U.S. Agency for International Development Marks Sixty Years of Development Assistance to Nigeria

Abuja — During the month of November, the U.S. Agency for International Development (USAID) is commemorating a major milestone, marking 60 years since its founding by President John F. Kennedy.  Nigeria was among the first countries in the world to receive development assistance under the Agency in 1961.

For six decades, USAID has built its reputation as the world’s premier international development organization by partnering with more than 100 countries to strengthen communities and improve lives.

“On this anniversary of President Kennedy’s vision of the United States as the world’s leader in providing a helping hand to countries struggling to develop,” Mission Director Anne Patterson said, “I am proud to represent USAID in Nigeria, a country with tremendous potential to be leader in West Africa if it can overcome its many challenges.”

In Nigeria and around the world, USAID partners with some of the world’s top development agencies, the United Nations, local nongovernmental and civil society organizations, and host country governments to help save lives, reduce poverty, strengthen governance, and improve health, education, and economic prosperity.

In 2021, USAID will spend $787 million in development and humanitarian assistance in Nigeria.

Perhaps its biggest ongoing success in Nigeria has been its response to the HIV/AIDS epidemic that has wrought the country since the 1980s.   Through funding from the President’s Emergency Plan for AIDS Relief (PEPFAR) in collaboration with the U.S. Centers for Disease Control and Walter Reed Army Research Institute, culminating in a 2019-2020 “surge” that greatly reduced a rising trend in vulnerable areas, especially in combination with the ongoing tuberculosis and new COVID-19 pandemics.  Today USAID supports testing for 2.4 million Nigerians a year, and provides free life-saving antiretroviral therapy for 89 percent of the nearly 400,000 individuals who have tested positive.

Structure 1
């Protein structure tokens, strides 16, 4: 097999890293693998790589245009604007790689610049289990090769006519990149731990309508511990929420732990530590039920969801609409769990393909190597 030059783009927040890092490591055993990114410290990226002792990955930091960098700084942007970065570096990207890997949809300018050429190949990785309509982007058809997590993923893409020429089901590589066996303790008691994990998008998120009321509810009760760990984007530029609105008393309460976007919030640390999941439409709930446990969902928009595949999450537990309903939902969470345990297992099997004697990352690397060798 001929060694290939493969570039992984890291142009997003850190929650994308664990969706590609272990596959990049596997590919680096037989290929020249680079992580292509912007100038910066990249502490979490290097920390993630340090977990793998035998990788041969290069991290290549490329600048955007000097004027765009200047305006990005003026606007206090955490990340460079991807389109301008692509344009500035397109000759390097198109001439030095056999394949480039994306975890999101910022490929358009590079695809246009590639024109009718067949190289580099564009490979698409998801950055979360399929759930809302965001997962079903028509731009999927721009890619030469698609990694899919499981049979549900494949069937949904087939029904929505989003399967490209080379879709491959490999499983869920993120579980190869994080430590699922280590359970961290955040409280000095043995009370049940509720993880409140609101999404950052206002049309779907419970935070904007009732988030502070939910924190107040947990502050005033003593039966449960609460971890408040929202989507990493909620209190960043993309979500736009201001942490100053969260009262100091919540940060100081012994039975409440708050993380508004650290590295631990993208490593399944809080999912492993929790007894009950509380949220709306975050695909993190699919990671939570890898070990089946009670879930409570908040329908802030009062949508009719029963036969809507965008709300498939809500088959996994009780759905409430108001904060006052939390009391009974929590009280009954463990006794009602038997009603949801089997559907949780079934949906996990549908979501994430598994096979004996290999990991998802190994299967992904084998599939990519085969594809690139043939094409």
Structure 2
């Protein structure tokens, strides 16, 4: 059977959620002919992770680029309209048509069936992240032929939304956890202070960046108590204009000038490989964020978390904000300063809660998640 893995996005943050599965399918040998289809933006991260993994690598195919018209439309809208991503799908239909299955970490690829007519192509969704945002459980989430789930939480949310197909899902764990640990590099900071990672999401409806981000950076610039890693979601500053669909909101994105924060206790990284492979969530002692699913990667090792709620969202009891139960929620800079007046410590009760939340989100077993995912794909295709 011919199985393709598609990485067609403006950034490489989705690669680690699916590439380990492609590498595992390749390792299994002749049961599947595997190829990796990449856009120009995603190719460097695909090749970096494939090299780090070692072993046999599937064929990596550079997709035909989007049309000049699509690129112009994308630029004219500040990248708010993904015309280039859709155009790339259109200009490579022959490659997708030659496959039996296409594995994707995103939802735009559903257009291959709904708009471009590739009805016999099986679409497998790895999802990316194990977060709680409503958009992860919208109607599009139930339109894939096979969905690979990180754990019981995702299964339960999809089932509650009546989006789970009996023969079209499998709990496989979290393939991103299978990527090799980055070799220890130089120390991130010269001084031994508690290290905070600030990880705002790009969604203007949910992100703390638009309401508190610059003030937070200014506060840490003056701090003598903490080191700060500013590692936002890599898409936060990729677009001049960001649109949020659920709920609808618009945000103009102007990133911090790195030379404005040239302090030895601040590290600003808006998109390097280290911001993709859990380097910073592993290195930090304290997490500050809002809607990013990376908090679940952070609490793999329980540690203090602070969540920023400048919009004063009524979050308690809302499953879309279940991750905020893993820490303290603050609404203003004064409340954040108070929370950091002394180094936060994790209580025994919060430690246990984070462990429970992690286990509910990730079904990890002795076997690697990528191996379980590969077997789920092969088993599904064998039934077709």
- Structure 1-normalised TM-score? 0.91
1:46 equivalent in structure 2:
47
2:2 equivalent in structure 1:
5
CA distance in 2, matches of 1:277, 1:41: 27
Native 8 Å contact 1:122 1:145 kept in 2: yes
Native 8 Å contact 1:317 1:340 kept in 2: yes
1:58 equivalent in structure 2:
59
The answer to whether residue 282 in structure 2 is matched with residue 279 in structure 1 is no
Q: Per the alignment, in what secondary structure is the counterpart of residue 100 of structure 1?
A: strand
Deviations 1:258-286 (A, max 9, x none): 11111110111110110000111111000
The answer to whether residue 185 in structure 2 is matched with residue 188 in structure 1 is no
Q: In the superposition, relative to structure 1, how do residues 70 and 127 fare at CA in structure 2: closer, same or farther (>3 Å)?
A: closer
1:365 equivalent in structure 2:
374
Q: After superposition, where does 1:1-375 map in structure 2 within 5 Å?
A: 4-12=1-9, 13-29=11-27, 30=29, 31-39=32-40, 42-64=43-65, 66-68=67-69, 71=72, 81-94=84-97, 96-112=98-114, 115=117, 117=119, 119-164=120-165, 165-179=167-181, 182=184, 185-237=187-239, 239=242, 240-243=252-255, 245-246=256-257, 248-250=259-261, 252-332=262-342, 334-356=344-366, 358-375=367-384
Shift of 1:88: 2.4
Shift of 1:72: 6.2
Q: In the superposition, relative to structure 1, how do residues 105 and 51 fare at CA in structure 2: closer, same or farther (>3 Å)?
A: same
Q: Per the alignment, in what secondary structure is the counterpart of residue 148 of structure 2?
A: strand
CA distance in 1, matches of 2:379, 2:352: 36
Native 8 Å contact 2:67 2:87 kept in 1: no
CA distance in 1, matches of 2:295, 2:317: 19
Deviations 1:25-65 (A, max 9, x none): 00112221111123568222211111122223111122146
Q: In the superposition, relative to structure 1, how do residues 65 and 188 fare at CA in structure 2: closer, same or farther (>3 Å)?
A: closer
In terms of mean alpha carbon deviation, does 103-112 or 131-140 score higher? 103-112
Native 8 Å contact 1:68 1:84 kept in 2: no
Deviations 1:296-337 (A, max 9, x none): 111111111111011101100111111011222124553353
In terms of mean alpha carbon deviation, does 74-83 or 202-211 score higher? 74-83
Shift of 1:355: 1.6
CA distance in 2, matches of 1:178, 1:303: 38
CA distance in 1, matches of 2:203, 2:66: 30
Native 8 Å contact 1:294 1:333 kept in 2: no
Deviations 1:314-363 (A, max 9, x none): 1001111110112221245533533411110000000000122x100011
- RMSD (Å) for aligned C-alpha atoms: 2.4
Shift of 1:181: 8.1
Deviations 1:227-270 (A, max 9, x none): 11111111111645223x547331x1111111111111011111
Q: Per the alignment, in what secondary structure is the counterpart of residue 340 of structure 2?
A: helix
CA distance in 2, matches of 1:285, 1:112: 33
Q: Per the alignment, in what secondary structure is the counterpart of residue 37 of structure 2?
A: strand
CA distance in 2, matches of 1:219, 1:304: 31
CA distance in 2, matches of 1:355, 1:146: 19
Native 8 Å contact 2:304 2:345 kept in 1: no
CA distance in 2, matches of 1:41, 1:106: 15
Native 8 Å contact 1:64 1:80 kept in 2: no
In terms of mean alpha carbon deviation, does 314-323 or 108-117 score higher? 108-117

Another 62 million Nigerian mothers and children benefited from USAID health programs last year through training of public health workers, increasing access to quality medicines, and improving leadership in the health sector with a focus on primary health care.

USAID support has protected 68 million Nigerians from malaria by donations of mosquito nets through the President’s Malaria Initiative (PMI), which has contributed to a drop in child deaths by 16 percent over 10 years and helped reduce malaria prevalence from 42 percent to 23 percent.

Since 2015, USAID interventions in Education have helped millions of children and youth improve their lives through better early grade reading skills, and focus especially on more than 340,000 children whose education was suspended through conflict.

Through Feed the Future, 2.3 million smallholder farmers benefited from improved products, improved techniques, and access to markets and financing through USAID agriculture programs last year. Power Africa reforms will improve an enabling environment and increase private investment in the energy sector, and strengthened management of water systems to increase access to reliable water and sanitation.

USAID Democracy and Governance programs support free and fair elections, 230 civil society organizations working for more responsive governance and local solutions to ongoing economic and ethno-religious tensions between farmers and herders.

Finally, USAID is the biggest bilateral donor of Humanitarian Assistance to Nigeria, donating about $343 million in commodities and logistical support to ensure the displaced have enough to eat and access to basic health and human rights.

All across the world, during this anniversary month of November, USAID staff and partners are reflecting on the Agency’s success and challenges still to be met.  Under the dynamic new leadership of Ambassador Samantha Power, the Agency is poised to continue to be the premier development agency in Nigeria and across the world.  Watch Administrator Power outline her new vision for global development at Georgetown University here.